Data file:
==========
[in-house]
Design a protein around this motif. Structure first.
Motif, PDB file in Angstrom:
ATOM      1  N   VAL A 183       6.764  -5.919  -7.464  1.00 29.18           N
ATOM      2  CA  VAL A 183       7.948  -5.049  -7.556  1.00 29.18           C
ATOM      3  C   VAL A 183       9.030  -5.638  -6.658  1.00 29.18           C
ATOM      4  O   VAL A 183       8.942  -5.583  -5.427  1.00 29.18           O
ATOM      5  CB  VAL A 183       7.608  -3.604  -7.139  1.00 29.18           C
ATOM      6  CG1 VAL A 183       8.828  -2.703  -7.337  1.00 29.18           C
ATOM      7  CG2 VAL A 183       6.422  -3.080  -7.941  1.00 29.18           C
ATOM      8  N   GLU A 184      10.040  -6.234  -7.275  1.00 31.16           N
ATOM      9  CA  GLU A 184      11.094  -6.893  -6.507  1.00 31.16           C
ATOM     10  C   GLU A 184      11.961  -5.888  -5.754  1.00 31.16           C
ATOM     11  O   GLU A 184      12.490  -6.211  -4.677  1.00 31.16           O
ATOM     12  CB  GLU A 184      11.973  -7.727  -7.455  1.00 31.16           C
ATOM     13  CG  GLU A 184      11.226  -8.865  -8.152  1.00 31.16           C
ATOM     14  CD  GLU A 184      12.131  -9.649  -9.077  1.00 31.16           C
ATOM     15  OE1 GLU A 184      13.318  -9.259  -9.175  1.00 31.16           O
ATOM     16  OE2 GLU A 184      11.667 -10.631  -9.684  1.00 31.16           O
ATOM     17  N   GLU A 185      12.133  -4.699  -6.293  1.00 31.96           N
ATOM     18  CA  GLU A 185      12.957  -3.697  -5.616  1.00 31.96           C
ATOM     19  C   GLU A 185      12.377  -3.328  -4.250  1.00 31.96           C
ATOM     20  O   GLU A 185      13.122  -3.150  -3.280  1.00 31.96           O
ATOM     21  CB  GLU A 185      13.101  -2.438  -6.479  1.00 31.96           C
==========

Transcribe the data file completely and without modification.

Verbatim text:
[in-house]
Design a protein around this motif. Structure first.
Motif, PDB file in Angstrom:
ATOM      1  N   VAL A 183       6.764  -5.919  -7.464  1.00 29.18           N
ATOM      2  CA  VAL A 183       7.948  -5.049  -7.556  1.00 29.18           C
ATOM      3  C   VAL A 183       9.030  -5.638  -6.658  1.00 29.18           C
ATOM      4  O   VAL A 183       8.942  -5.583  -5.427  1.00 29.18           O
ATOM      5  CB  VAL A 183       7.608  -3.604  -7.139  1.00 29.18           C
ATOM      6  CG1 VAL A 183       8.828  -2.703  -7.337  1.00 29.18           C
ATOM      7  CG2 VAL A 183       6.422  -3.080  -7.941  1.00 29.18           C
ATOM      8  N   GLU A 184      10.040  -6.234  -7.275  1.00 31.16           N
ATOM      9  CA  GLU A 184      11.094  -6.893  -6.507  1.00 31.16           C
ATOM     10  C   GLU A 184      11.961  -5.888  -5.754  1.00 31.16           C
ATOM     11  O   GLU A 184      12.490  -6.211  -4.677  1.00 31.16           O
ATOM     12  CB  GLU A 184      11.973  -7.727  -7.455  1.00 31.16           C
ATOM     13  CG  GLU A 184      11.226  -8.865  -8.152  1.00 31.16           C
ATOM     14  CD  GLU A 184      12.131  -9.649  -9.077  1.00 31.16           C
ATOM     15  OE1 GLU A 184      13.318  -9.259  -9.175  1.00 31.16           O
ATOM     16  OE2 GLU A 184      11.667 -10.631  -9.684  1.00 31.16           O
ATOM     17  N   GLU A 185      12.133  -4.699  -6.293  1.00 31.96           N
ATOM     18  CA  GLU A 185      12.957  -3.697  -5.616  1.00 31.96           C
ATOM     19  C   GLU A 185      12.377  -3.328  -4.250  1.00 31.96           C
ATOM     20  O   GLU A 185      13.122  -3.150  -3.280  1.00 31.96           O
ATOM     21  CB  GLU A 185      13.101  -2.438  -6.479  1.00 31.96           C